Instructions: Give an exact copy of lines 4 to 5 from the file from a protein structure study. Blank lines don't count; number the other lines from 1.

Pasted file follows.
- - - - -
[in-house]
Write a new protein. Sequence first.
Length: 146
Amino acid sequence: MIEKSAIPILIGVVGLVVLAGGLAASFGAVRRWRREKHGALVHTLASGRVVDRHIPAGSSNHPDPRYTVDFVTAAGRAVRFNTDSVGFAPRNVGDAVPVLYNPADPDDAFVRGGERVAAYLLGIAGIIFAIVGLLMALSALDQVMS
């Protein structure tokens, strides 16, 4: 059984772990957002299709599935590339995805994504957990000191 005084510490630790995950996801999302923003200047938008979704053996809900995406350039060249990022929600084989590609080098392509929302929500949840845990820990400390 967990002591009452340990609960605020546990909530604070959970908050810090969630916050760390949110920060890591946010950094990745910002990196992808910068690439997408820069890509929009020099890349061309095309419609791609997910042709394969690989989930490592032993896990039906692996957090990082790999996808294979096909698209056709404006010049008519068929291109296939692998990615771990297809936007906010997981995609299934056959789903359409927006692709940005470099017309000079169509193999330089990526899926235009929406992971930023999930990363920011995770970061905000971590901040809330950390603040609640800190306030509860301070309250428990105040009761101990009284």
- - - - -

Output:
Amino acid sequence: MIEKSAIPILIGVVGLVVLAGGLAASFGAVRRWRREKHGALVHTLASGRVVDRHIPAGSSNHPDPRYTVDFVTAAGRAVRFNTDSVGFAPRNVGDAVPVLYNPADPDDAFVRGGERVAAYLLGIAGIIFAIVGLLMALSALDQVMS
């Protein structure tokens, strides 16, 4: 059984772990957002299709599935590339995805994504957990000191 005084510490630790995950996801999302923003200047938008979704053996809900995406350039060249990022929600084989590609080098392509929302929500949840845990820990400390 967990002591009452340990609960605020546990909530604070959970908050810090969630916050760390949110920060890591946010950094990745910002990196992808910068690439997408820069890509929009020099890349061309095309419609791609997910042709394969690989989930490592032993896990039906692996957090990082790999996808294979096909698209056709404006010049008519068929291109296939692998990615771990297809936007906010997981995609299934056959789903359409927006692709940005470099017309000079169509193999330089990526899926235009929406992971930023999930990363920011995770970061905000971590901040809330950390603040609640800190306030509860301070309250428990105040009761101990009284």